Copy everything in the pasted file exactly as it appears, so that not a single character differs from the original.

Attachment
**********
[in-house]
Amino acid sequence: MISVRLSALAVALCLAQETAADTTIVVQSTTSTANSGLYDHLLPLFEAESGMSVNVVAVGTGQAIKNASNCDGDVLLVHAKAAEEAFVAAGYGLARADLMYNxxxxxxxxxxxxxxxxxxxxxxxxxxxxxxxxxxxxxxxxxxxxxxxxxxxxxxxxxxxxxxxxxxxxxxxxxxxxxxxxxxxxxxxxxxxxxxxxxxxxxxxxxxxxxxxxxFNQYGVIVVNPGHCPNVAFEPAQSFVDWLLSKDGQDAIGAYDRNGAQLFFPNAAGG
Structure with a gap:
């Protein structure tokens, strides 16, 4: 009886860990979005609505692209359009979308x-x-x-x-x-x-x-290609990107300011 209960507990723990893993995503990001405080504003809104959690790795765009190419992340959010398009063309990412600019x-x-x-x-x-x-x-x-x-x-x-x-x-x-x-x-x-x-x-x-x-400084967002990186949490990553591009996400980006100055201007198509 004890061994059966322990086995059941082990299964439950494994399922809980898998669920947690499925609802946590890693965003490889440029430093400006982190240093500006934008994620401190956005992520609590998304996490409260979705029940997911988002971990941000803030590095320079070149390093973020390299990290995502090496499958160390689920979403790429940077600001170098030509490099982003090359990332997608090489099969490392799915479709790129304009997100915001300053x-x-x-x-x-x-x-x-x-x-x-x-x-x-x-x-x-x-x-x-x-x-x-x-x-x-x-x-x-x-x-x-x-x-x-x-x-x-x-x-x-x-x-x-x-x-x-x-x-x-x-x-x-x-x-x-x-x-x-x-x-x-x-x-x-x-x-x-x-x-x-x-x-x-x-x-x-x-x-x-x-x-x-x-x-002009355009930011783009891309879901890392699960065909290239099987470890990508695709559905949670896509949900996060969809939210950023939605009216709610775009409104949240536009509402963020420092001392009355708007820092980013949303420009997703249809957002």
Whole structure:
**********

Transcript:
[in-house]
Amino acid sequence: MISVRLSALAVALCLAQETAADTTIVVQSTTSTANSGLYDHLLPLFEAESGMSVNVVAVGTGQAIKNASNCDGDVLLVHAKAAEEAFVAAGYGLARADLMYNxxxxxxxxxxxxxxxxxxxxxxxxxxxxxxxxxxxxxxxxxxxxxxxxxxxxxxxxxxxxxxxxxxxxxxxxxxxxxxxxxxxxxxxxxxxxxxxxxxxxxxxxxxxxxxxxxFNQYGVIVVNPGHCPNVAFEPAQSFVDWLLSKDGQDAIGAYDRNGAQLFFPNAAGG
Structure with a gap:
């Protein structure tokens, strides 16, 4: 009886860990979005609505692209359009979308x-x-x-x-x-x-x-290609990107300011 209960507990723990893993995503990001405080504003809104959690790795765009190419992340959010398009063309990412600019x-x-x-x-x-x-x-x-x-x-x-x-x-x-x-x-x-x-x-x-x-400084967002990186949490990553591009996400980006100055201007198509 004890061994059966322990086995059941082990299964439950494994399922809980898998669920947690499925609802946590890693965003490889440029430093400006982190240093500006934008994620401190956005992520609590998304996490409260979705029940997911988002971990941000803030590095320079070149390093973020390299990290995502090496499958160390689920979403790429940077600001170098030509490099982003090359990332997608090489099969490392799915479709790129304009997100915001300053x-x-x-x-x-x-x-x-x-x-x-x-x-x-x-x-x-x-x-x-x-x-x-x-x-x-x-x-x-x-x-x-x-x-x-x-x-x-x-x-x-x-x-x-x-x-x-x-x-x-x-x-x-x-x-x-x-x-x-x-x-x-x-x-x-x-x-x-x-x-x-x-x-x-x-x-x-x-x-x-x-x-x-x-x-002009355009930011783009891309879901890392699960065909290239099987470890990508695709559905949670896509949900996060969809939210950023939605009216709610775009409104949240536009509402963020420092001392009355708007820092980013949303420009997703249809957002």
Whole structure: